What Is Cosmetic Psychopharmacology?

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When Stacy, a New York City-based computer saleswoman, was at a recent business dinner, her newest client turned to her and said, “You are medicated, right?”

She smiled nervously, not sure of how to respond. (She is, in fact, taking medication for depression has gotten stronger, and we have seen more technical justification for prescribing medications for lower levels of illness.”

“My sense is that there are a number of people who may not meet the full criteria for major depressive disorder but are still experiencing dysfunction in their lives, and in addition, they just don’t experience pleasure in many different activities where they might have at one time,” says Victor Reus, MD, professor of psychiatry at the University of California San Francisco.

And such people “can experience significant symptomatic improvement, feel better, or perform better with medication,” he says. “Is that cosmetic? It’s not taking a pill to feel better than well, it is trying to treat subclinical deficits and may enhance normal performance.

“I don’t think they are taken recreationally, and most don’t work in terms of taking them now or then. These are medications that you have to take on an ongoing basis to have any effect whatsoever,” Reus says.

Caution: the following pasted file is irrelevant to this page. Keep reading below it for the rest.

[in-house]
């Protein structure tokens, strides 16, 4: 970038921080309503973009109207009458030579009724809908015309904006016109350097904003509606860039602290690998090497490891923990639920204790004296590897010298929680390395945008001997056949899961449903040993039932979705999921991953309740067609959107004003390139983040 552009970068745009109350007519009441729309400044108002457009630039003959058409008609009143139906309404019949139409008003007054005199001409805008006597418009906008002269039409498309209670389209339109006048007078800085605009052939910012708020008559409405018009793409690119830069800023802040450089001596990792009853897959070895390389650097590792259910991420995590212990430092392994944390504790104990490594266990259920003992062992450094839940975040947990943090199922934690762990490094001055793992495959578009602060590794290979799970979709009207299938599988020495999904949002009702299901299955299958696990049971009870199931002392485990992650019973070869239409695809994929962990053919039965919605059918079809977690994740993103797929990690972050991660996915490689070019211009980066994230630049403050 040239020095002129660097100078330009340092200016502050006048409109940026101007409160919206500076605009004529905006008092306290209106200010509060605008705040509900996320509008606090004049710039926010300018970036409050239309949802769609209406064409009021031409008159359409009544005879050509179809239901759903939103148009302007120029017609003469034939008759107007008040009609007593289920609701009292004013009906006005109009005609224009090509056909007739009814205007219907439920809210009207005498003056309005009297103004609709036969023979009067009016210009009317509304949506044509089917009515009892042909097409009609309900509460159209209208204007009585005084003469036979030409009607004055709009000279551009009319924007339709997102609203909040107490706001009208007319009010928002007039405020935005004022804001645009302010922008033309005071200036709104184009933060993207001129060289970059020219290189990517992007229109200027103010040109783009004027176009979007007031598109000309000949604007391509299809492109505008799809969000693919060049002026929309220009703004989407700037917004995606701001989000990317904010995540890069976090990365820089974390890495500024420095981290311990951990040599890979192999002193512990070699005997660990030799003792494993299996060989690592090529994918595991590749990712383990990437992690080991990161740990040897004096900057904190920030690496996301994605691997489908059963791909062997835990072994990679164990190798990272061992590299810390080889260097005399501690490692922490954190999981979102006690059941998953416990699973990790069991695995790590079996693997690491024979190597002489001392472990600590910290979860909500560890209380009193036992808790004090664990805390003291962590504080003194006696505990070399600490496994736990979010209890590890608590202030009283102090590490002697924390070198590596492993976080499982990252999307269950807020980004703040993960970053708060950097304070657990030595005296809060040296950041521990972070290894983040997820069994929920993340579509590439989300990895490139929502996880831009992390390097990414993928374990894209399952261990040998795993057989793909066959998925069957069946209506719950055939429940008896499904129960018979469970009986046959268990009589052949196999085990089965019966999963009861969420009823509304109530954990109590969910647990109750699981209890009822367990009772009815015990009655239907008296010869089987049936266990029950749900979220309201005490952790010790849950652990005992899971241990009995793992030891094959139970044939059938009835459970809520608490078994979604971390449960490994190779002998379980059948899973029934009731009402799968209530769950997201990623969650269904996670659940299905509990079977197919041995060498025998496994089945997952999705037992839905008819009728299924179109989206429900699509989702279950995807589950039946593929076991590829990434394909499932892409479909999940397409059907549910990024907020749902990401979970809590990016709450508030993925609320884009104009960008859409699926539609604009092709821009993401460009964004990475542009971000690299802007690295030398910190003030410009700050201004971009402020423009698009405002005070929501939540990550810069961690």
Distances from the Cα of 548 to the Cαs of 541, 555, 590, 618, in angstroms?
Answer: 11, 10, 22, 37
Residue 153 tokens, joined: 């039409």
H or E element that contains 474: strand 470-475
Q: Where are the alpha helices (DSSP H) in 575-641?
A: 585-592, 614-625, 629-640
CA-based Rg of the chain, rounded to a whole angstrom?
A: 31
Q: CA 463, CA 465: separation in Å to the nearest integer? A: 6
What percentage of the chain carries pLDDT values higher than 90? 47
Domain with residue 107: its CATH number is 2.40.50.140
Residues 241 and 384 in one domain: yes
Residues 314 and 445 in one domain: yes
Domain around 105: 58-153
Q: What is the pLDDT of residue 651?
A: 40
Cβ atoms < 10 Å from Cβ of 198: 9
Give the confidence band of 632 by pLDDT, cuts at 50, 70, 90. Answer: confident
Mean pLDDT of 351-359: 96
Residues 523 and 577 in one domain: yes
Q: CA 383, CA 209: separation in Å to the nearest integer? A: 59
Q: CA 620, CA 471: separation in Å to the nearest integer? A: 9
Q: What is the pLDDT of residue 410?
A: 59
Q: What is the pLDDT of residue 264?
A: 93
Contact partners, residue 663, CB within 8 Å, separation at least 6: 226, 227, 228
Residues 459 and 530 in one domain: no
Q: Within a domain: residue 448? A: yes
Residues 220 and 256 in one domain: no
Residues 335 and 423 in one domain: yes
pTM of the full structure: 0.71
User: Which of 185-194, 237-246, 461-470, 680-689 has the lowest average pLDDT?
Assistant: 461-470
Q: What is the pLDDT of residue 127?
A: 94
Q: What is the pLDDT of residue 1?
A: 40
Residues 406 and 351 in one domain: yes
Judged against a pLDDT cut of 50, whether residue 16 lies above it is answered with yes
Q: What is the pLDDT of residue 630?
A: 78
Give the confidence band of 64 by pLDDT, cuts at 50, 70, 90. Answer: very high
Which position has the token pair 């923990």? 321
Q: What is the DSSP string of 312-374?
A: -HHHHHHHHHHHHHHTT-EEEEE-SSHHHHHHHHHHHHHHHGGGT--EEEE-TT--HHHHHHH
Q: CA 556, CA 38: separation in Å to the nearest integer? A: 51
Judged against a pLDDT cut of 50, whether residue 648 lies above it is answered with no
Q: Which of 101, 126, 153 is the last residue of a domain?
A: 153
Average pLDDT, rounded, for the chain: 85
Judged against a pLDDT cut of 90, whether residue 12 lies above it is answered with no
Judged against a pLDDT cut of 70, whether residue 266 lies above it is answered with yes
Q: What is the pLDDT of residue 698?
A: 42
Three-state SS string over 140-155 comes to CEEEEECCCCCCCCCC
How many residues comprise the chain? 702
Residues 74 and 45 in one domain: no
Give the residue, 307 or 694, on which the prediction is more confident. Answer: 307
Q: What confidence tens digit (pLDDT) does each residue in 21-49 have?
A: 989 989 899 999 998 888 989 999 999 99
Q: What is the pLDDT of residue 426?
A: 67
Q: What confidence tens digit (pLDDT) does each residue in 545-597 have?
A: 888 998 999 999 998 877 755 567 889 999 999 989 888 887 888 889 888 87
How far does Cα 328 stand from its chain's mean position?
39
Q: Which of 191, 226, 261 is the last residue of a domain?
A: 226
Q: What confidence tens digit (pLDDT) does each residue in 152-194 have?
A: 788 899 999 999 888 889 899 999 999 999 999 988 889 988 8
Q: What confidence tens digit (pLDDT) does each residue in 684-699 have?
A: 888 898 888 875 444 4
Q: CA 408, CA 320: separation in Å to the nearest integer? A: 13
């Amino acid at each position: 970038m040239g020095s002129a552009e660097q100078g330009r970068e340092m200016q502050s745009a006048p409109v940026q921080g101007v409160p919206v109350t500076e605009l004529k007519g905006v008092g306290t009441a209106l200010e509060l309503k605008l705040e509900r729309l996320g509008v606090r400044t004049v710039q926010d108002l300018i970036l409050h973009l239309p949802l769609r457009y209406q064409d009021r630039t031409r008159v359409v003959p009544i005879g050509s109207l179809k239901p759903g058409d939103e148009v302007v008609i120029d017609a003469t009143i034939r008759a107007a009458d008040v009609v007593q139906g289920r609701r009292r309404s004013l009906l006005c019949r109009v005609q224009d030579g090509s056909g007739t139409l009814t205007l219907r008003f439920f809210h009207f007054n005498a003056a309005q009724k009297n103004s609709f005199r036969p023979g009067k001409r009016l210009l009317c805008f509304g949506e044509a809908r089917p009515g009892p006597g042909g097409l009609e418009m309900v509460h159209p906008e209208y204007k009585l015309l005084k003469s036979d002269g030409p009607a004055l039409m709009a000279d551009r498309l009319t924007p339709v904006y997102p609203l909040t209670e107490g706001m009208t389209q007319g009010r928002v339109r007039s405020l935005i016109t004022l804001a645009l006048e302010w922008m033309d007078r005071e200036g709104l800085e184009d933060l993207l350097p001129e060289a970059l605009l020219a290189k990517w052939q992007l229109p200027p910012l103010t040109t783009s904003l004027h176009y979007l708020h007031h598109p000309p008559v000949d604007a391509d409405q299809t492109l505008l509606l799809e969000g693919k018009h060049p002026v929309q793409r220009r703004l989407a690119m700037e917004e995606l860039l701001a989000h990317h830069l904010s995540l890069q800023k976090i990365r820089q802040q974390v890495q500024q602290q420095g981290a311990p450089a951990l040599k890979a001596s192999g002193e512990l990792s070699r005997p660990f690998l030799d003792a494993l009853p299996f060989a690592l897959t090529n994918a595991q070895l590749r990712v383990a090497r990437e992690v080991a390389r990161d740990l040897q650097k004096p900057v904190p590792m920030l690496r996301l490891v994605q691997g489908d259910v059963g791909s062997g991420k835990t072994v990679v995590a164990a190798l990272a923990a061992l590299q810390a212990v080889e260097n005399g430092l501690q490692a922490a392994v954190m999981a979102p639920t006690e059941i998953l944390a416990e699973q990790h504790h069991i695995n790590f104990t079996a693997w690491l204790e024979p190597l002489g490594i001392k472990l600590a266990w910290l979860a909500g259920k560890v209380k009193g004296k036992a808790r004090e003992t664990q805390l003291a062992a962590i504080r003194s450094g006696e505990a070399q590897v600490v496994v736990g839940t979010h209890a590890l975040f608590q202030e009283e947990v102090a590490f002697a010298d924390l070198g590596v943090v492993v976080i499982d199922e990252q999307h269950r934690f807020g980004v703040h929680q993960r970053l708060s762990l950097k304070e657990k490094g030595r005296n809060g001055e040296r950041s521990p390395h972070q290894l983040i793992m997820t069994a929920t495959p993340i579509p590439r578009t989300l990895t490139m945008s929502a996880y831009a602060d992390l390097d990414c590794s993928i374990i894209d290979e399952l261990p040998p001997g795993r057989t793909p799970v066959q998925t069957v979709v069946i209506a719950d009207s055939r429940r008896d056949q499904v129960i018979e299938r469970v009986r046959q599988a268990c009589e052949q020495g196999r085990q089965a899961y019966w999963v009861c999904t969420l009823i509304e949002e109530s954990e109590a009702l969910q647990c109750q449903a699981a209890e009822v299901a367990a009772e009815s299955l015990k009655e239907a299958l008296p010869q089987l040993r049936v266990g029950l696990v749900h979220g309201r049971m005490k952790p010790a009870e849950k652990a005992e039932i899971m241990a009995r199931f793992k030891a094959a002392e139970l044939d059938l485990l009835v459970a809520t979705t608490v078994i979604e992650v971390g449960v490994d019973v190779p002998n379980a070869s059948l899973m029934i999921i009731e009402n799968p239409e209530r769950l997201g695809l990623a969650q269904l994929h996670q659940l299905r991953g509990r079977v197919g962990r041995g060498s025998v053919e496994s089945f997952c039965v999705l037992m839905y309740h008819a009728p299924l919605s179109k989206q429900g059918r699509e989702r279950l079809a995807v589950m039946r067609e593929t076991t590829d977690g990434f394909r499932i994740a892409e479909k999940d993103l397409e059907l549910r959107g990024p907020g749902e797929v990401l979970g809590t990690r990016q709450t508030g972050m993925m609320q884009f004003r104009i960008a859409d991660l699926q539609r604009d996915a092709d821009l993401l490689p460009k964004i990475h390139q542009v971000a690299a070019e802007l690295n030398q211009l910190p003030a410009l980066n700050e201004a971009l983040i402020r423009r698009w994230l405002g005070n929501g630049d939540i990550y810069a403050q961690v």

The one thing everyone agrees on is that medications are not a magic bullet.

“I understand the great temptation in that people imagine this is the ‘quick fix’ — as in less pain, more gain,” says New York psychoanalyst Gail Saltz, MD.

“There used to be [marijuana], then alcohol, then cocaine, and now there are Rx pads,” she says. “The downside that people aren’t made so aware of is that some of these anxiety drugs are truly addictive — meaning that people have to keep taking increased amounts to get the same feeling and they can’t stop without going through withdrawal.”

Antidepressants aren’t addictive, she says, but they do flatten a lot of people. “You don’t feel depressed, but you don’t feel joyful either,” she says. “They close the amplitude of emotions, so there are no lows or highs. This is why antidepressants were historically reserved for people undergoing major depression.

“Even if it makes you feel ‘better,’ taking an antidepressant is a Band-Aid if you have not looked underneath,” she says. “I am not against medication, but I don’t give medication to someone who isn’t also in therapy.”

One of the problems with medicine today is fragmented care, she says. People may see a psychopharmacologist for medication every three months and a therapist or social worker weekly or every other week to talk through their issues, and some may see one and not the other.

Stacey agrees. “I take medication, but I am also in therapy,” she says. “I felt better that night at dinner when I found out that everyone was on it, but I still want to stop taking it eventually. I don’t see it as a long-term solution, but it is helping me function better in the interim as I seek out that long-term answer or strategy to my worries.”